By Blogger Assistant Village Idiot, at Tue Sep 26, 08:35:00 PM:

Fascinating. My first impulse was to start rejecting Davis out of hand if he didn't apologise for his own part in the 1990's scandal culture and to lie in ambush for him not mentioning how much this has been a tactic of the left. But his points are good ones, and I will simmer down and consider them.

Your addition, TH may be the wildcard that looks less academic and thoughtful but actually is the real reason.

noprisoners, I wrote just this month on a related topic of audio and video improvements overrunning our defenses of sorting out narrative on our own, because they mimic reality too well. You might be interested. http://assistantvillageidiot.blogspot.com/2006/09/fiction-conspiracy-theories-and.html  

By Anonymous Purple Avenger, at Tue Sep 26, 09:38:00 PM:

I'm not sure that things are any more partisan. What they do is get more coverage because of the media developments.

Its like various/notorious "crime waves" that declared in the past by the media when in fact crime was going down at the time o rstaying flat. When something gets press, it seems somehow enhanced in the public mind.

Politicians have always been vicious scumbags. They just have a wider more pervasive venue today than in the days where a local newspaper or the nightly news were they only means of disseminating their attacks.  

By Anonymous Anonymous, at Wed Sep 27, 11:04:00 AM:

Excellent Blog! I think all of the points Davis makes and what TH makes are dead on. What may be lost as well is that there is no room on either side for a dissenting thought. One of the arguments I use to make to Dems is that they were the "all or nothing party." Where despite your beliefs you could not get elected to any office for being any of the following; Pro-life, Pro-Hand Gun, Anti Union, Pro School Vouchure, etc. While as a Republican we had major players such as Guilianni, Schwartzeneggar, Powell and countless other senators and congressmen who did not agree with every issue of the Republican platform. Unfortunately, that is no longer the case. Good luck to McCain and Guliani when they run for President and see if they even win a single primary because they have dared to have a different position on some of these key issues? Despite the fact that these two are the exact kind of character based guys our country will need in the years ahead. Quite honestly, having one of those moderates in office may actually take some of the "steam" out the public discourse.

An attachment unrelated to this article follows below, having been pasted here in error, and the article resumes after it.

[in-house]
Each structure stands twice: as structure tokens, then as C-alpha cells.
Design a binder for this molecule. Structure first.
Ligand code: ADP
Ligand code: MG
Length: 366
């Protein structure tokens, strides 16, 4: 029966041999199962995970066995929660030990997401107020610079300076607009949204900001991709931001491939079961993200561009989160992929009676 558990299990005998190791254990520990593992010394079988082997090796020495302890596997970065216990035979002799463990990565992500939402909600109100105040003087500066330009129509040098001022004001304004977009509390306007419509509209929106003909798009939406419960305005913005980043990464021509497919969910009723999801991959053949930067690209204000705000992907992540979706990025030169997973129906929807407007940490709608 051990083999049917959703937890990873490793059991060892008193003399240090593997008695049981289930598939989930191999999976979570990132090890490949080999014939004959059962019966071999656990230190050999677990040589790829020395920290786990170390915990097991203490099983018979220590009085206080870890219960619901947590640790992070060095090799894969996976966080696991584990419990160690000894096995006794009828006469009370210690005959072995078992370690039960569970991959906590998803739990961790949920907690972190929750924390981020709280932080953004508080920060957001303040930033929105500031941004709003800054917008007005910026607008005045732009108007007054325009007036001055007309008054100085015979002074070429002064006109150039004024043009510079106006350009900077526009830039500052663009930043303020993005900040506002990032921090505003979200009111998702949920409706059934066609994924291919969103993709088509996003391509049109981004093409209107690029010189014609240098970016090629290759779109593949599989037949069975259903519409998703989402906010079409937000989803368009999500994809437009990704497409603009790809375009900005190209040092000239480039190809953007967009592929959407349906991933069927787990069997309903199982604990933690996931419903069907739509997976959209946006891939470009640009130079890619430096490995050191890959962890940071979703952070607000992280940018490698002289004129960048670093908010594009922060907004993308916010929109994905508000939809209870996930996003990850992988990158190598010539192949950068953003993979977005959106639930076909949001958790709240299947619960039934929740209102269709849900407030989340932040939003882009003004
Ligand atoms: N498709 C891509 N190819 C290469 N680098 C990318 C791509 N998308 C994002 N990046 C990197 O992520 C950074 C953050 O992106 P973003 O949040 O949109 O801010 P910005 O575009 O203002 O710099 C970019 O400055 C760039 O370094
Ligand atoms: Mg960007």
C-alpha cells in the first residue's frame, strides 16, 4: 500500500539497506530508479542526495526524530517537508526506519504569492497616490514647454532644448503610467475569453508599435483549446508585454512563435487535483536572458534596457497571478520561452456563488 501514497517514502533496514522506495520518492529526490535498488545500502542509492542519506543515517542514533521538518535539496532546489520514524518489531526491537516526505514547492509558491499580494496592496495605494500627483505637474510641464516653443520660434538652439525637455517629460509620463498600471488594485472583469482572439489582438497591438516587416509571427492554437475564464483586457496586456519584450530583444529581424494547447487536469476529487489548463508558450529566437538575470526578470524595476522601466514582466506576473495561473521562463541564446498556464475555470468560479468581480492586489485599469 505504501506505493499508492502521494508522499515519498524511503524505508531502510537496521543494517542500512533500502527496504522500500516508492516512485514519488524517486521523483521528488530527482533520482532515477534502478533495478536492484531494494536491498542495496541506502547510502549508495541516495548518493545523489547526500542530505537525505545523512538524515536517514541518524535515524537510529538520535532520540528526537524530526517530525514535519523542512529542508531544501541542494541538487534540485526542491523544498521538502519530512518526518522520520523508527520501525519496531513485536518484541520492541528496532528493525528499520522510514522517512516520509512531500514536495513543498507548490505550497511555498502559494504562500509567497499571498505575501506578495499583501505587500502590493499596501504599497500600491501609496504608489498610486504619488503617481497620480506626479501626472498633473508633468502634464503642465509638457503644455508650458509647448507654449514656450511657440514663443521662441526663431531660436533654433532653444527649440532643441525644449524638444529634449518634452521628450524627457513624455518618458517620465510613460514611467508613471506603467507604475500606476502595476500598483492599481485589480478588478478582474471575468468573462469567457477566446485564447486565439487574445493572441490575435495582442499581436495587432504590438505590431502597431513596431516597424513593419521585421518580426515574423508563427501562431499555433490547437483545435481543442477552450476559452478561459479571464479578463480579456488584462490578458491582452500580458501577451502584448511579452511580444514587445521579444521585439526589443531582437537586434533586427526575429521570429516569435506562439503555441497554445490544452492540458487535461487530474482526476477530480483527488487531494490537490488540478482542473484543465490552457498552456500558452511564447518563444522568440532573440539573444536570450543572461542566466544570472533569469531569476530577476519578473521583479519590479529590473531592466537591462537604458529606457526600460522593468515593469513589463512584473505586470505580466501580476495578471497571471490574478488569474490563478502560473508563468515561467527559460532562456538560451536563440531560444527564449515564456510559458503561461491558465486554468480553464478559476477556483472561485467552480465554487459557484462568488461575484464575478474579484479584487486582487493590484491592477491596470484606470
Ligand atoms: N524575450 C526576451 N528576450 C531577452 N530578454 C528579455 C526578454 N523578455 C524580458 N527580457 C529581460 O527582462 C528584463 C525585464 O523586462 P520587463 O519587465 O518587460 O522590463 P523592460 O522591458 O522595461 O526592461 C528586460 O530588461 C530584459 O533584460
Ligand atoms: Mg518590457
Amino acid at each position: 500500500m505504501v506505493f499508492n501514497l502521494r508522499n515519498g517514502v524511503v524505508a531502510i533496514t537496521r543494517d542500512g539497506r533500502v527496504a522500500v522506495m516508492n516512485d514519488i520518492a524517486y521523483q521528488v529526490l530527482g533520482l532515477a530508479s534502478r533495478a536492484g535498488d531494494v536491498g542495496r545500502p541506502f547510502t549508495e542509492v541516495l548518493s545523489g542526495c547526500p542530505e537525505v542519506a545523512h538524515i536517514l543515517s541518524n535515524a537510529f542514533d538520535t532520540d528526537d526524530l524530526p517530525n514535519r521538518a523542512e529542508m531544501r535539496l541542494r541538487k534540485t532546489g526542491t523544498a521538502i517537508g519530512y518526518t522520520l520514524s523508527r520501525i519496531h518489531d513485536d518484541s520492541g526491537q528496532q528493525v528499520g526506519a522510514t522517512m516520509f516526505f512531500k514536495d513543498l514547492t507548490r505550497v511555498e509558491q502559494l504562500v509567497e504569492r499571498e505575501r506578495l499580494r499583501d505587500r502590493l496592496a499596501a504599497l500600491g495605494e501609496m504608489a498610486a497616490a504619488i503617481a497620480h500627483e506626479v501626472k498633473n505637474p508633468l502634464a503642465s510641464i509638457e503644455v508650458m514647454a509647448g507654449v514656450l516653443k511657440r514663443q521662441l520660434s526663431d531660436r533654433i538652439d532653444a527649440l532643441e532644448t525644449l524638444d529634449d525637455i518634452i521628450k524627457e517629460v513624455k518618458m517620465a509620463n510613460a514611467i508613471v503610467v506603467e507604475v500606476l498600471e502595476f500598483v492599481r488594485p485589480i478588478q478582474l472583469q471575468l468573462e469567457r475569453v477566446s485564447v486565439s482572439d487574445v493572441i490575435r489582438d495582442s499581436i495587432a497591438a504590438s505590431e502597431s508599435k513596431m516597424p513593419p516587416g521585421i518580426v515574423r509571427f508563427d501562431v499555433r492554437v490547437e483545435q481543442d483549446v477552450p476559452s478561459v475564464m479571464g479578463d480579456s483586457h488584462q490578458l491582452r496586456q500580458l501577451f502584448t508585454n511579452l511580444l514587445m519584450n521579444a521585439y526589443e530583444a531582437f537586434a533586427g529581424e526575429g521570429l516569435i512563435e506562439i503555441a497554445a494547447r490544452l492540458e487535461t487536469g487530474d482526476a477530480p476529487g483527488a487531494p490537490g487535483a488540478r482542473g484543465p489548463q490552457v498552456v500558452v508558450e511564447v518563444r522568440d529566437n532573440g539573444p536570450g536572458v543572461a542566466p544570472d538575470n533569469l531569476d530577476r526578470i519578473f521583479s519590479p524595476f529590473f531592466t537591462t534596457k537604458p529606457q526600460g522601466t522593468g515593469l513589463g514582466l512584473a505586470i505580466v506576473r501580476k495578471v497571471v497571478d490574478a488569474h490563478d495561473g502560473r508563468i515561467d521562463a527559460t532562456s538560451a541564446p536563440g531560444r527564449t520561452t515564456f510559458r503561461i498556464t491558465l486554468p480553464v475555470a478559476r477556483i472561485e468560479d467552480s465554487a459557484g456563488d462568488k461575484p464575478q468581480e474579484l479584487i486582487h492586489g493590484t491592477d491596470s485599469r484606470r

By Anonymous Anonymous, at Thu Sep 28, 01:47:00 PM:

McCain will be out, b/c of the campaign finance reform and recent criticism of the treatment of terrorists. A lot of us would have been happy with McCain in 2000, but now eight years later we know him too well.  

By Anonymous Brezh, at Fri Sep 29, 02:39:00 PM:

TH, part of the solution can be found right here in the Hawkeye State. Redistricting is conducted by a "nonpartisan" commission which submits it final map to the legislature for an up or down vote.

Four of our five federal districts are considered "competitive". Jim Leach has been in office since the seventies, but rarely gets over 52% of the vote. His congressional voting record is about as centrist as you can get.

Unfortunately, Schwarzenegger's ballot iniative to implement a similar system in California was rejected by the very voters it would have empowered after a vigorous misinformation campaign by its opponents.

Districts should be drawn to ensure maximum competitiveness.